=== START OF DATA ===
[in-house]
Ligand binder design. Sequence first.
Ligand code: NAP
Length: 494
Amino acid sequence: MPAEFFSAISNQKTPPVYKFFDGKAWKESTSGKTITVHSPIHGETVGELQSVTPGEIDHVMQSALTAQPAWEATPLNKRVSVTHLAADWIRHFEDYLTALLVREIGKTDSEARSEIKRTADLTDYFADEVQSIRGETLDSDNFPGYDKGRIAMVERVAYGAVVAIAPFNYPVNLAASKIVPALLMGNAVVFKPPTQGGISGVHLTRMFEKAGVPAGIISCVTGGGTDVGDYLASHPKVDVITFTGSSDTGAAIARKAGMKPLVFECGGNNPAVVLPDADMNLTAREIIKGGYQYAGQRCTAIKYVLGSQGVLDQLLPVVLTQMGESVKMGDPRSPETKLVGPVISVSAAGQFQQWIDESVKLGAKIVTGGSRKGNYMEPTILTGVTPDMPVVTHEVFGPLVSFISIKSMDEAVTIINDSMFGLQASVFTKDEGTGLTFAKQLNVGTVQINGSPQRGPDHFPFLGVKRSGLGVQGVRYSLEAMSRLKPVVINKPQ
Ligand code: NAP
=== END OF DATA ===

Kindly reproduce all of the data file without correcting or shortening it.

[in-house]
Ligand binder design. Sequence first.
Ligand code: NAP
Length: 494
Amino acid sequence: MPAEFFSAISNQKTPPVYKFFDGKAWKESTSGKTITVHSPIHGETVGELQSVTPGEIDHVMQSALTAQPAWEATPLNKRVSVTHLAADWIRHFEDYLTALLVREIGKTDSEARSEIKRTADLTDYFADEVQSIRGETLDSDNFPGYDKGRIAMVERVAYGAVVAIAPFNYPVNLAASKIVPALLMGNAVVFKPPTQGGISGVHLTRMFEKAGVPAGIISCVTGGGTDVGDYLASHPKVDVITFTGSSDTGAAIARKAGMKPLVFECGGNNPAVVLPDADMNLTAREIIKGGYQYAGQRCTAIKYVLGSQGVLDQLLPVVLTQMGESVKMGDPRSPETKLVGPVISVSAAGQFQQWIDESVKLGAKIVTGGSRKGNYMEPTILTGVTPDMPVVTHEVFGPLVSFISIKSMDEAVTIINDSMFGLQASVFTKDEGTGLTFAKQLNVGTVQINGSPQRGPDHFPFLGVKRSGLGVQGVRYSLEAMSRLKPVVINKPQ
Ligand code: NAP